Inquiry on Try and Except Statements

https://www.codecademy.com/paths/computer-science/tracks/cspath-flow-data-iteration/modules/dspath-control-flow/lessons/python-control-flow/exercises/try-and-except-statements

Take a look at this script:

def raises_value_error():
(indention) raise ValueError

try:
(indention) raises_value_error()
except ValueError:
(indention) print(“You raised a ValueError!”)

Why is the try and except statement outside the scope of the raises_value_error()? Is it cleaner to write it this way? Would it be wrong to write the try and except statements inside the function? I wouldn’t have been able to do this without prior knowledge.

Regards,
MP

HI @mosespark.
Regarding indenation and formatting check this post, it will help in the future- FAQ-formatting.

I assume this script is intended to just show the basics of how try, except and raise might be used with a function that always raises a specific exception. I’m not really sure what you’d be using try and except on in this particular function if you moved them but you could certainly explore their usage with your own functions.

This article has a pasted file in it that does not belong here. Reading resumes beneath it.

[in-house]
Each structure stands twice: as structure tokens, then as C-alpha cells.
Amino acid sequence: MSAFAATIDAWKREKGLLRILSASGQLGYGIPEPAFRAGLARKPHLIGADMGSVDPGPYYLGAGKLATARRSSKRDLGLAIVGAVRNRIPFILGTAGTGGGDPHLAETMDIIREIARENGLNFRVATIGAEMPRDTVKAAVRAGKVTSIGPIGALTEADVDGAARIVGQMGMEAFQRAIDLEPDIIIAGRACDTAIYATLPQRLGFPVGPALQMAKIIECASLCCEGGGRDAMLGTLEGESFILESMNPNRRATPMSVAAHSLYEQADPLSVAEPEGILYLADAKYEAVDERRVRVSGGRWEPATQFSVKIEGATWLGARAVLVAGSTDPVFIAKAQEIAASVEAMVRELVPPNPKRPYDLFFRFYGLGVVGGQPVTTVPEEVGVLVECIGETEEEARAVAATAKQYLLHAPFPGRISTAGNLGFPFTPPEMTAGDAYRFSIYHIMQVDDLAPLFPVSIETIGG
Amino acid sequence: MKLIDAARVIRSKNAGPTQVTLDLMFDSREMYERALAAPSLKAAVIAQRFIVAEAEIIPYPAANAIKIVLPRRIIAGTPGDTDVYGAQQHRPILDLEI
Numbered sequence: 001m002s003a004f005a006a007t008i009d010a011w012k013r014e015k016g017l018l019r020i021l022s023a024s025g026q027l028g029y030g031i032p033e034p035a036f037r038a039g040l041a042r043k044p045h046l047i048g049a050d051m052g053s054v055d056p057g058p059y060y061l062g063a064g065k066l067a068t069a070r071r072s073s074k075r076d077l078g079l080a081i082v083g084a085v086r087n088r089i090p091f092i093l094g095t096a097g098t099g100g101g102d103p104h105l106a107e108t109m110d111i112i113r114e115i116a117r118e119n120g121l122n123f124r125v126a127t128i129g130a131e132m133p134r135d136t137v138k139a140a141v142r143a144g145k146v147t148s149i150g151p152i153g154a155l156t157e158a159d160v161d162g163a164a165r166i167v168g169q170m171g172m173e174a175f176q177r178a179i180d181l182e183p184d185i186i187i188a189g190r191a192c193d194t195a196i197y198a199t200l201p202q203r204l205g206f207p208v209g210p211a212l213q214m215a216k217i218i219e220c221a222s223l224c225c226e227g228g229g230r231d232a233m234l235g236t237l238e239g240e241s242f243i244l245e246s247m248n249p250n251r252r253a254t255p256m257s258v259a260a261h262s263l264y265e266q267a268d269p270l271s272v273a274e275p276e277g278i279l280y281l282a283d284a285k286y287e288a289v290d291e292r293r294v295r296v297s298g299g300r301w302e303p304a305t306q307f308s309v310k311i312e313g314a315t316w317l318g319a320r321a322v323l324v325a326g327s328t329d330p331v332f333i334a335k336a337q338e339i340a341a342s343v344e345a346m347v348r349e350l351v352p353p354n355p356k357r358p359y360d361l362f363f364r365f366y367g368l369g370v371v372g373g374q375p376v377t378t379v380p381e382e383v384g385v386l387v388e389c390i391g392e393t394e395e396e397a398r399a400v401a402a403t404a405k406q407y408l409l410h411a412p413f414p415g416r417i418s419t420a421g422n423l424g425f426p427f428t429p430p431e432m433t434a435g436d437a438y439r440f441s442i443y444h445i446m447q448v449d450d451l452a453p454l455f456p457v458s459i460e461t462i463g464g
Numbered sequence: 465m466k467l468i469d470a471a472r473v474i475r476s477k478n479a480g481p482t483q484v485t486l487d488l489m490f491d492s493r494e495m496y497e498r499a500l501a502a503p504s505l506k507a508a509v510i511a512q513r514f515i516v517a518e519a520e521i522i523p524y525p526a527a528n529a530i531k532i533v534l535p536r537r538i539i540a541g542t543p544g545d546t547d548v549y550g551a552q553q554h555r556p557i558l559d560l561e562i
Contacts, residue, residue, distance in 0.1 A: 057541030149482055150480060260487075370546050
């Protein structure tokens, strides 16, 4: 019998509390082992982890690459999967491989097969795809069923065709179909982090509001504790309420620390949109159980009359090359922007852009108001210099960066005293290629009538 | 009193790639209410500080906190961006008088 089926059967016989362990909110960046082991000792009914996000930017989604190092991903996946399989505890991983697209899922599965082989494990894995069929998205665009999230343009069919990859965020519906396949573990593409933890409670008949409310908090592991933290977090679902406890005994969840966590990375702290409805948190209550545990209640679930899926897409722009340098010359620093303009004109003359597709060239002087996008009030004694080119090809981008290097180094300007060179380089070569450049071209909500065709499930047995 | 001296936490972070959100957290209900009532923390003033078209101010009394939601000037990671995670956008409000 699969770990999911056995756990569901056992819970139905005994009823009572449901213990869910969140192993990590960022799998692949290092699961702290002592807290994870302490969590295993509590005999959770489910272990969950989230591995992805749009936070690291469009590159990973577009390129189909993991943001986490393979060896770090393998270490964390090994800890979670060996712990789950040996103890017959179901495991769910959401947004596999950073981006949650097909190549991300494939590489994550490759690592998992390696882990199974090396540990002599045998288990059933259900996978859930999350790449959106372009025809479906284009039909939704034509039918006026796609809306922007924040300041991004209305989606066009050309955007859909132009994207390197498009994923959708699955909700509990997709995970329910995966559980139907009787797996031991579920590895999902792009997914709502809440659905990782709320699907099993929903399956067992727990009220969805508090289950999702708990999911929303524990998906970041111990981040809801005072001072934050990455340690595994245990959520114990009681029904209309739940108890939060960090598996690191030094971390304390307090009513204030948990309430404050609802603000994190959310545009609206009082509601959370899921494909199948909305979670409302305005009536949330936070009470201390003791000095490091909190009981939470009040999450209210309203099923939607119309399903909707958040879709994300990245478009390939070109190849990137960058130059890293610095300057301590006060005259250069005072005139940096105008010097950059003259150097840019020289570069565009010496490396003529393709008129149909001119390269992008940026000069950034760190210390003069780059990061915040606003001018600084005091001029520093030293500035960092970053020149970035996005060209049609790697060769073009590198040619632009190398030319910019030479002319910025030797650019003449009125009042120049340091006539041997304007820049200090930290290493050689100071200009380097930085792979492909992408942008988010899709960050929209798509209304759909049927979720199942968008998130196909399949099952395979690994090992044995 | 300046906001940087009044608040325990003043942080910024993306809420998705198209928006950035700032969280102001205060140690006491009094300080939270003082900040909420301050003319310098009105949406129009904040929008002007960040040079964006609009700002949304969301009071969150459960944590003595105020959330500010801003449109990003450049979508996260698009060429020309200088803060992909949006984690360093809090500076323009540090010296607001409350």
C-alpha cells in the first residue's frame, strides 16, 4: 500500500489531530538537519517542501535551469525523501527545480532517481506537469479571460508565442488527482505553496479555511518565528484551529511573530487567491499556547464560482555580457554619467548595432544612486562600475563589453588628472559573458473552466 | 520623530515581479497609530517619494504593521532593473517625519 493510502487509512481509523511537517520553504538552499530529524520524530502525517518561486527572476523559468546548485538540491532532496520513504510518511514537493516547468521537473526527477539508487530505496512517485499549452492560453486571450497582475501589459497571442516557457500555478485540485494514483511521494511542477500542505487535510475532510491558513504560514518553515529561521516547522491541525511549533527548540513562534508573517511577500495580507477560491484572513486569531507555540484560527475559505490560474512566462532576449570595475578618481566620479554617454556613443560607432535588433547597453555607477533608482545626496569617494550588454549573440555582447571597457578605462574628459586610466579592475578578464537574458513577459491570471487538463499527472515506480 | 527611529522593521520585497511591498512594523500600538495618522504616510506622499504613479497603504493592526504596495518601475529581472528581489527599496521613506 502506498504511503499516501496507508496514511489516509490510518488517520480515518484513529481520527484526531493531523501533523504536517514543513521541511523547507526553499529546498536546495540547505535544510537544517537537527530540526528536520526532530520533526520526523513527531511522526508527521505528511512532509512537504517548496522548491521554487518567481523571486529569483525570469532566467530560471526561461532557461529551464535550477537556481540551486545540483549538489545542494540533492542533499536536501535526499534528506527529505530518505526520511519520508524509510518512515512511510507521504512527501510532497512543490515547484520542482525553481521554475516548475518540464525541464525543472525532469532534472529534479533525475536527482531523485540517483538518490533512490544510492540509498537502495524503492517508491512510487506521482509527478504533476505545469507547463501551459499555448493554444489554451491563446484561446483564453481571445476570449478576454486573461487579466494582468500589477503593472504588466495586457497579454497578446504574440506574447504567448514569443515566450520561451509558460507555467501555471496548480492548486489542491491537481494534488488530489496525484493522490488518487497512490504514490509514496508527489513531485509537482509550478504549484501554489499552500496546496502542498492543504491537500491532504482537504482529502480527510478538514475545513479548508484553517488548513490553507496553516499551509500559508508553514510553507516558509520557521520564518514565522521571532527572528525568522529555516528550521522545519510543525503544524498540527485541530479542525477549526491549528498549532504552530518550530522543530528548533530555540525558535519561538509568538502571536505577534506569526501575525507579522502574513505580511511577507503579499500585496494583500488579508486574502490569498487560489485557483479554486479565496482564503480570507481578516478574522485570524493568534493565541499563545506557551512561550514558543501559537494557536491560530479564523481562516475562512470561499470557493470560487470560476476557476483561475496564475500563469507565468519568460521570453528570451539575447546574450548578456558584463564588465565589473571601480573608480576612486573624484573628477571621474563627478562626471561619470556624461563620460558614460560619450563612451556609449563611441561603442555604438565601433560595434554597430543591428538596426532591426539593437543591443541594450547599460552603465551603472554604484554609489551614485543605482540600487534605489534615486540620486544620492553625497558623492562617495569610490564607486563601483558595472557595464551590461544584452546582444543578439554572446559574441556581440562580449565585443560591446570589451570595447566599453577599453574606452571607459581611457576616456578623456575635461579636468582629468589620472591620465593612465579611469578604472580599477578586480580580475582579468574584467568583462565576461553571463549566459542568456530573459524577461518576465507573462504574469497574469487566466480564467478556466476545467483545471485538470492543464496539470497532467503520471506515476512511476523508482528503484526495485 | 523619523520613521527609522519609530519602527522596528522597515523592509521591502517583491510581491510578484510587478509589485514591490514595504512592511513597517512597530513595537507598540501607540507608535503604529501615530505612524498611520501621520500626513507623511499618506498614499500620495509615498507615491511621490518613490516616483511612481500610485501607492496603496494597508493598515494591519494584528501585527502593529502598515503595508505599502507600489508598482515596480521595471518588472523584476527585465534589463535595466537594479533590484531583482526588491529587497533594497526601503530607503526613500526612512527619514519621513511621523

If your questions is a little more generalised about where to use try & except etc. there’s no one-size-fits-all rule for handling errors. It often differs between projects and is influecned heavily by the overall purpose of your code; for now it’s probably best to just continue with the lessons which I assume add more detail (potentially some sensible examples too).

Keep a note of it by all means for something to look into in the future though if you don’t feel the lessons have covered enough for you, there’s numerous posts, blogs, guides and book chapters devoted to handling errors.

I was still confused about where I should write the try and except. Would it be okay to write it inside the function? I don’t know if the organization makes a difference.

All that function does is raise a specific error. You certainly can stick an error check inside it but you may as well explore this with a slightly more exciting function, this one exists solely as proof of concept.

So a rough answer would be you can do both. Ideally error catching occurs as close as possible to the location of the erroneous code so as to ease debugging, however in certain cases you may simply want to log an error without interrupting operation or perhaps just raise it to the main code block.

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